Review: Horns by Joe Hill
September 24, 2011 § 5 Comments
Ignatius Perrish spent the night drunk and doing terrible things. He woke up the next morning with a pair of horns growing from his temples.
At first, Ig thought the horns were a hallucination, the product of a mind damaged by rage and grief. He had spent the last year in a lonely, private purgatory, following the death of his beloved, Merrin Williams, who had been raped and murdered under inexplicable circumstances. A mental breakdown would have been the most natural thing in the world. But there was nothing natural about the horns, which were all too real.
Once, the righteous Ig had enjoyed the life of the blessed. But Merrin’s death damned all that. The only suspect in the crime, Ig was never charged or tried. And he was never cleared. Nothing Ig can do or say matters. Everyone it seems, including God, has abandoned him. Everyone that is, but the devil inside. . . .
Now Ig is possessed of a terrible new power—a macabre talent he intends to use to find the monster who killed Merrin and destroyed his life. It’s time for a little revenge . . . it’s time the devil had his due . . .
I bought Horns after reading a wonderful review by Chris Farnell at http://floor-to-ceiling-books.blogspot.com Thanks Chris!
Containing one of the most original and intriguing premises I’ve ever read, Horns is a highly unusual book that explores the grey areas of good and evil using a mix of dark humor, the supernatural, and stark reality. It examines the ugly underbelly of human nature and forces us to consider our own personal demons. Horns was almost sinfully enjoyable and and a delightful guilty pleasure to read.
After a night of drunken debauchery, Ignatius Perrish wakes up to find that he has grown horns on his head. You would think that this would be fairly alarming for the people that see him, but one of the unusual powers these horns seem to possess is that of being overlooked or quickly forgotten by people. The more disturbing effect of these horns is that people who are within their range have the uncontrollable urge to confess their deepest darkest thoughts and wishes to Ignatius. This can be particularly problematic for Ignatius since most of these people believe he murdered his popular girlfriend and they generally do not think very nice thoughts about him nor do they wish him well. He explores the many facets to his newly acquired horns and discovers he can use them to not only find out what people really think, but also make suggestions that they are likely to act upon. Too bad about that free will thing, he can’t seem to force people to do his bidding, only if its something they subconsciously want for themselves can he push them in any certain direction. He decides to use these powers to discover who really murdered the girlfriend who he loved more than anything. But what will he do when he finds the answers?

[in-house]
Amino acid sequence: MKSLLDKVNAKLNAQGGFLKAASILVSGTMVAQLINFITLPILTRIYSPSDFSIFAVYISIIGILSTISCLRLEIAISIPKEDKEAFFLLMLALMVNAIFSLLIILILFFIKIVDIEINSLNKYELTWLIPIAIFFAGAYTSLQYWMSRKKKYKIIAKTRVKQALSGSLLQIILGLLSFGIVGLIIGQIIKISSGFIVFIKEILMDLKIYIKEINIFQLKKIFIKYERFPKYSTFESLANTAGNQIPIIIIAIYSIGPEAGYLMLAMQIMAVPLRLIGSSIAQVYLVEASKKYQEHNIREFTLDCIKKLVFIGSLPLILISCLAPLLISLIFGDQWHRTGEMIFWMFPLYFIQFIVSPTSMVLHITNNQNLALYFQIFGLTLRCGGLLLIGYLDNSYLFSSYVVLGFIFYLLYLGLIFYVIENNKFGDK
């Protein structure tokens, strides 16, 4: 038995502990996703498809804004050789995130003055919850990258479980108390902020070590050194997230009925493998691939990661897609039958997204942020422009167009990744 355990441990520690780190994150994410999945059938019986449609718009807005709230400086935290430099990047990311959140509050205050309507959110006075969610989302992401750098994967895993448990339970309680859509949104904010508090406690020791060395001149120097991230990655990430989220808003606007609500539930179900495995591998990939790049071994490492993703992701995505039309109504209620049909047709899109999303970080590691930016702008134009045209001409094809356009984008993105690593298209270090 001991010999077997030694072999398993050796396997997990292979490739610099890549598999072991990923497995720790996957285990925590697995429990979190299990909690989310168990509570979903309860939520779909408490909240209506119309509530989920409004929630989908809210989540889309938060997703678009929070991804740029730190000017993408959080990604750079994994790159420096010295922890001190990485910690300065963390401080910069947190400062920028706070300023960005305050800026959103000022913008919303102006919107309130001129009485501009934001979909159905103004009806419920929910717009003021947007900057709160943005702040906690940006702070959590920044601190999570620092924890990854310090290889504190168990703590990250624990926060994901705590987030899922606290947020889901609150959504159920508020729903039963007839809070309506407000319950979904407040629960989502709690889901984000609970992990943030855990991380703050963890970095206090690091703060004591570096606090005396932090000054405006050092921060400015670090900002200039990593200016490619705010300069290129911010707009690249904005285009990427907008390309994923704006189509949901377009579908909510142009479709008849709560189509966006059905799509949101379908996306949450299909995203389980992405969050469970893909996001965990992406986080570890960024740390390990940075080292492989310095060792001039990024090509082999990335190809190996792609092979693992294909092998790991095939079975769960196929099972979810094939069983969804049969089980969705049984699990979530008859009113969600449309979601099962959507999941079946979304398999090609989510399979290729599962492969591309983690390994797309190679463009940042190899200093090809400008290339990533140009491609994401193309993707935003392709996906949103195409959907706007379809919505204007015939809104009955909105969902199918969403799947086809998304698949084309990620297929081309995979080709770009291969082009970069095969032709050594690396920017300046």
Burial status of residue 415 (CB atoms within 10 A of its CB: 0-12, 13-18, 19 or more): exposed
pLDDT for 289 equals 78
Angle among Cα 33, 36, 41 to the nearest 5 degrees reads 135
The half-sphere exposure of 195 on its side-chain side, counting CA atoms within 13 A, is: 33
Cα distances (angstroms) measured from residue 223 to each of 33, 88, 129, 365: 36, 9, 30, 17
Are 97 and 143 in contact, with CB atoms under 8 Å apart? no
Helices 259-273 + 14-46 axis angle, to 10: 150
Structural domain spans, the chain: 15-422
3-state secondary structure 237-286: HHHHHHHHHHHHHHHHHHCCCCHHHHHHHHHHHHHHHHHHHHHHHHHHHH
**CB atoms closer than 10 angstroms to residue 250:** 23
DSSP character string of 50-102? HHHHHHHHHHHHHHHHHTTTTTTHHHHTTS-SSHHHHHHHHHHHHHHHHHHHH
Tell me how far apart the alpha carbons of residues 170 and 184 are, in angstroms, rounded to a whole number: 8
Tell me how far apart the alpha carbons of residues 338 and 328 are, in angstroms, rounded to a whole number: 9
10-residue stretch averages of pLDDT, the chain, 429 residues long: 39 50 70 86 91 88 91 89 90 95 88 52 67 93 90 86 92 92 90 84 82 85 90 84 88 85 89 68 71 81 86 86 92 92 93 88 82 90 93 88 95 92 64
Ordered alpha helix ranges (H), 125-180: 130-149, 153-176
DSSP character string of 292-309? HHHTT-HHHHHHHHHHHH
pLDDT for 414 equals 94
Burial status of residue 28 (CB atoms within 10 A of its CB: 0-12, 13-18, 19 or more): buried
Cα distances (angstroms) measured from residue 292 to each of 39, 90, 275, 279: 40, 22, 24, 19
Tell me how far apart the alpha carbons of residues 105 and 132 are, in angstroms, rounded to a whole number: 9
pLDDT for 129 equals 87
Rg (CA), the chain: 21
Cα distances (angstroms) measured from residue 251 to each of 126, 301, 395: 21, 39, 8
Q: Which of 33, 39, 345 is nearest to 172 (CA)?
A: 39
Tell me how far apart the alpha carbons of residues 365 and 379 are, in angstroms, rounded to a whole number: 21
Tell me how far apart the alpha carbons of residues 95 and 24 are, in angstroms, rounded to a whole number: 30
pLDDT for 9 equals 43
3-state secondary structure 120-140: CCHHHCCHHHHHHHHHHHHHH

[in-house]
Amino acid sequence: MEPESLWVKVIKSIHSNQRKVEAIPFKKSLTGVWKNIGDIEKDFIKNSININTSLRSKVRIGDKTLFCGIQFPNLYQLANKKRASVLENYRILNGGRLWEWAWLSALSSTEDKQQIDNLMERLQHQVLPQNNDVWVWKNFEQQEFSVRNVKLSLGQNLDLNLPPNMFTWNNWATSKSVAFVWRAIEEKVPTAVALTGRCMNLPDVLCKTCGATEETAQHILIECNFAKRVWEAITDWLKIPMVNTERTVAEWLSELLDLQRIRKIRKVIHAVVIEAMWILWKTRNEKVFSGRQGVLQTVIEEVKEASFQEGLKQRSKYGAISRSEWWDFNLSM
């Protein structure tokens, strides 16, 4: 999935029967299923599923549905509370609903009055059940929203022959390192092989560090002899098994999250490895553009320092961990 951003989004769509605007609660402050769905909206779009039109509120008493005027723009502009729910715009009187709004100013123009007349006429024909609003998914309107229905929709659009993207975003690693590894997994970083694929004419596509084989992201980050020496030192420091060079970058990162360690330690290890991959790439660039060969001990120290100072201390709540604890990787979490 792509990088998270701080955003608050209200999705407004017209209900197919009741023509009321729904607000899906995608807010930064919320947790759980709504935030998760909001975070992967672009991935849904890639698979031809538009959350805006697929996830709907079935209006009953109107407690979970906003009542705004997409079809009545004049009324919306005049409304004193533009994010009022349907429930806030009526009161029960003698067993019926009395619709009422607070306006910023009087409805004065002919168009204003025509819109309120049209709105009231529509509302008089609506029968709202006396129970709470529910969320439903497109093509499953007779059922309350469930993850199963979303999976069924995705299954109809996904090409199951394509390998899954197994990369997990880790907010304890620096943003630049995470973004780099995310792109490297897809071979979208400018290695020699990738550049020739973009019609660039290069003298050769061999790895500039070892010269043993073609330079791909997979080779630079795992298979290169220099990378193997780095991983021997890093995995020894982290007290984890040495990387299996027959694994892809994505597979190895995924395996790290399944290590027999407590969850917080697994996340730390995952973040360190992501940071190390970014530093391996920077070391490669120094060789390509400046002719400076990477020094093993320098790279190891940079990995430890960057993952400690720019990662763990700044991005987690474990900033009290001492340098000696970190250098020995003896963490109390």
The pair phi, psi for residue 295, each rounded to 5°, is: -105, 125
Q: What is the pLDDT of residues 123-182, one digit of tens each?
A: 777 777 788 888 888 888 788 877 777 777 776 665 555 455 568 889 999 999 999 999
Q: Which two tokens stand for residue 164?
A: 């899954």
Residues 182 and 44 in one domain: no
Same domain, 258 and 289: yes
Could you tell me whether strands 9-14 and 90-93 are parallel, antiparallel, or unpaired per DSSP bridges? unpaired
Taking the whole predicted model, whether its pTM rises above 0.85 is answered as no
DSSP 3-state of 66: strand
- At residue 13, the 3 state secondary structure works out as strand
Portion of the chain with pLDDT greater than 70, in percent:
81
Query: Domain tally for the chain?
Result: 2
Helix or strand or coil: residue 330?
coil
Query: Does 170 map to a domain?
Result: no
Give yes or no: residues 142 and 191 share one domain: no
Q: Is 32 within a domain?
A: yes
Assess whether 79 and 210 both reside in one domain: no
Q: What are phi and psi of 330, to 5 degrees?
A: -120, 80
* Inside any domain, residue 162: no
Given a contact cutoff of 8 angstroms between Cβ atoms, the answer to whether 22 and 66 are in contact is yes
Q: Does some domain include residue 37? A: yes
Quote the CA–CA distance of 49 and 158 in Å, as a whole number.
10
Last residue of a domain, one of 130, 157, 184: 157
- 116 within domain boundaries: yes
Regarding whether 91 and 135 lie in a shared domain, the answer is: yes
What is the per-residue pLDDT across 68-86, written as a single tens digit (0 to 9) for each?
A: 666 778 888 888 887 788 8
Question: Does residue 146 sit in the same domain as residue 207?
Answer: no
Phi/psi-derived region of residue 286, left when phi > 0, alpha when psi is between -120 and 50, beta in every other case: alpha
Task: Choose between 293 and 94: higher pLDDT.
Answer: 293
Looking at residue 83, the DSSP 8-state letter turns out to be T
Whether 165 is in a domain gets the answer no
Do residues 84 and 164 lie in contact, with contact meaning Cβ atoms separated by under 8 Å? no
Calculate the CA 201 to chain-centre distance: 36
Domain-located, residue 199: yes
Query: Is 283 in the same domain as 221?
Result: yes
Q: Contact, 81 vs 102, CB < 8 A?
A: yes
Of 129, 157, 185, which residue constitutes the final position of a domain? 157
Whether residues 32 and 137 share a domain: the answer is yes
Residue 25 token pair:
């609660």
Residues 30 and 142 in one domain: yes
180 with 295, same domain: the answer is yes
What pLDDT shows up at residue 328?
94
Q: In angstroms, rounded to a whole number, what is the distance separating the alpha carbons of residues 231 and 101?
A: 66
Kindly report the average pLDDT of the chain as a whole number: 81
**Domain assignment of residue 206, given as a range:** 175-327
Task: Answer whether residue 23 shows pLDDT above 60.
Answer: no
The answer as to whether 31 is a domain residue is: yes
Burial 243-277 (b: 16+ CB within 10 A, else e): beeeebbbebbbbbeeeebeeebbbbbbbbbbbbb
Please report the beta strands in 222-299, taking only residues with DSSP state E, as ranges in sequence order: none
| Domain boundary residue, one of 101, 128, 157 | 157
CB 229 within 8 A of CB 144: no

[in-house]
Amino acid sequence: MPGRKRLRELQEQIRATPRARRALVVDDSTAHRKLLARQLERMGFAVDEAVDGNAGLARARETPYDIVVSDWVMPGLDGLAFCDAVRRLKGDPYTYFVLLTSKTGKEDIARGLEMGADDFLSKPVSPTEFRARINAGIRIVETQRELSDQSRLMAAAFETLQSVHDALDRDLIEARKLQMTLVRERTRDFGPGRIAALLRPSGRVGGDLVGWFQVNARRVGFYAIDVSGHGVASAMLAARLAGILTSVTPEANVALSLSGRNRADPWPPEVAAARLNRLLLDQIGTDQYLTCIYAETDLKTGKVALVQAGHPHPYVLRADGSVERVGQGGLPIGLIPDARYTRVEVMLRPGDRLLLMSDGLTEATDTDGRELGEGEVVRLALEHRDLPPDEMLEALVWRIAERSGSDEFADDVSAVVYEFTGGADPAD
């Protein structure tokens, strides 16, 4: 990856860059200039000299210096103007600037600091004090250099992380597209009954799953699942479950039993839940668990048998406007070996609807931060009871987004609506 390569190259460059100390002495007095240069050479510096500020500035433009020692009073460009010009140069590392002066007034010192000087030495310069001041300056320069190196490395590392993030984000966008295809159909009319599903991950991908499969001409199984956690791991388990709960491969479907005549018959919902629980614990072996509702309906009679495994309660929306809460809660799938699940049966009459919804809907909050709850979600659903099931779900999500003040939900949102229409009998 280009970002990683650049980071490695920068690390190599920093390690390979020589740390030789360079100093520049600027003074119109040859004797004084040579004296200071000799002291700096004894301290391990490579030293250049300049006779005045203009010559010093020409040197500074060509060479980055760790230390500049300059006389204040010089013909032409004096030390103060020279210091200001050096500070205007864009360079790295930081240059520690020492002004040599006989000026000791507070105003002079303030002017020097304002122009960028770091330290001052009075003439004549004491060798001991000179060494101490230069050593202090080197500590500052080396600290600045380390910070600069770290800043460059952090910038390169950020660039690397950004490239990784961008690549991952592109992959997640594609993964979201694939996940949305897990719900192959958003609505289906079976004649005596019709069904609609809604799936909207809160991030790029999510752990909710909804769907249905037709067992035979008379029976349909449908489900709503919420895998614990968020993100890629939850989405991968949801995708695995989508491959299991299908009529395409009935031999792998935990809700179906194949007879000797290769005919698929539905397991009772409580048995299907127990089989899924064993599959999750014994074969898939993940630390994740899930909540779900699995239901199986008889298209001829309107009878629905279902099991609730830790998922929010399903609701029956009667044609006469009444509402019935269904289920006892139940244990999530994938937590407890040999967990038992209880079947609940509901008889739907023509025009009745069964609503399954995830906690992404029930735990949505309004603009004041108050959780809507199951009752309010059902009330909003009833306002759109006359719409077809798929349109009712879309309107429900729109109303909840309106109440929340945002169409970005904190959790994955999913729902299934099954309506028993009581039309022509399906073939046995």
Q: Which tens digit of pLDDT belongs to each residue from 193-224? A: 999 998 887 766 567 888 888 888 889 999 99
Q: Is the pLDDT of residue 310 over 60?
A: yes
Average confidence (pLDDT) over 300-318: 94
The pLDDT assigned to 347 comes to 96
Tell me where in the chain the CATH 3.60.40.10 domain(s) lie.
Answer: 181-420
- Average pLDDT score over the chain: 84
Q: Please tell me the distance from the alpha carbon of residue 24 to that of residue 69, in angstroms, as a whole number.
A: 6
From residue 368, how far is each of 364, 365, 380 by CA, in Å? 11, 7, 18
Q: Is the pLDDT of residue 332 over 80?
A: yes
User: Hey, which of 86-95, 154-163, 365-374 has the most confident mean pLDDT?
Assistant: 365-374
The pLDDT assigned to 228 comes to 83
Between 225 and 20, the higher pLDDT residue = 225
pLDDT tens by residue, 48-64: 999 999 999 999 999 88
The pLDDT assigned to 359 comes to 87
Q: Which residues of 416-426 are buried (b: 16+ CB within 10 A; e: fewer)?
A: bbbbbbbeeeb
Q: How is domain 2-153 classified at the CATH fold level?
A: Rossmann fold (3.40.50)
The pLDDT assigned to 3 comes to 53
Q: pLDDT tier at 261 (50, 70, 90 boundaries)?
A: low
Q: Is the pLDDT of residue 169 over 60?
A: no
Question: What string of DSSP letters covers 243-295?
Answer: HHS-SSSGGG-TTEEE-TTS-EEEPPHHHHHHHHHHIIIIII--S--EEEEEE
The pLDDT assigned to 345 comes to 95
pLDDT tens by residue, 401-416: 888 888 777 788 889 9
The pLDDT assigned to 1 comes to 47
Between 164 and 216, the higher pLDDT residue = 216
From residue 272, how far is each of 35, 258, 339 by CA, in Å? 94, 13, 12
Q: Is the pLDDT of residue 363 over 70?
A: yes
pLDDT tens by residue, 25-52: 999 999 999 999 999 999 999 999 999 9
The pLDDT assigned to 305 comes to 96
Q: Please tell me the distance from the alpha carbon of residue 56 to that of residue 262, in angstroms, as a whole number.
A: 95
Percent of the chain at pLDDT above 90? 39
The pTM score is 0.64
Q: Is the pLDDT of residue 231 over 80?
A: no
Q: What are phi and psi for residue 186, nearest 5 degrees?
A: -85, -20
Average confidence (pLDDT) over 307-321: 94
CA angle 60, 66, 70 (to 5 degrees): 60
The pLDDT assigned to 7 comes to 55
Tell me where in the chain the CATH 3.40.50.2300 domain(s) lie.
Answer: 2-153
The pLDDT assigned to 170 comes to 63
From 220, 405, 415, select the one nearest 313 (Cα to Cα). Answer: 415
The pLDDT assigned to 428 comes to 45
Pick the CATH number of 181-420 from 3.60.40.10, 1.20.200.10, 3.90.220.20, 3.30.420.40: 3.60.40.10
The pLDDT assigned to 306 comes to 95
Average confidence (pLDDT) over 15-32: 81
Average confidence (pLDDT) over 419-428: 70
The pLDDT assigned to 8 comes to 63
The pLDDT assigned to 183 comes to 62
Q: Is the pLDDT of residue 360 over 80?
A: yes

Most of the characters are highly unlikable but the story itself is compelling. The one thing that detracted from the book was the uneven pacing. While some of the book was edge of your seat exciting, other chapters crawled along at a snails pace. There were many times when I wondered where the author was going with the story as it seemed he was going off into areas that had nothing to do with the plot, but all the pieces fell into place by the end. With a writing style and creative subject matter that is reminiscent of his famous father as well as authors like Clive Barker, Joe Hill is definitely an author to watch out for. With his macabre sense of humor and perceptive notions of the darker aspects of the human personality, I’m sure there will be more darkly delightful books from this author.
Rating – 3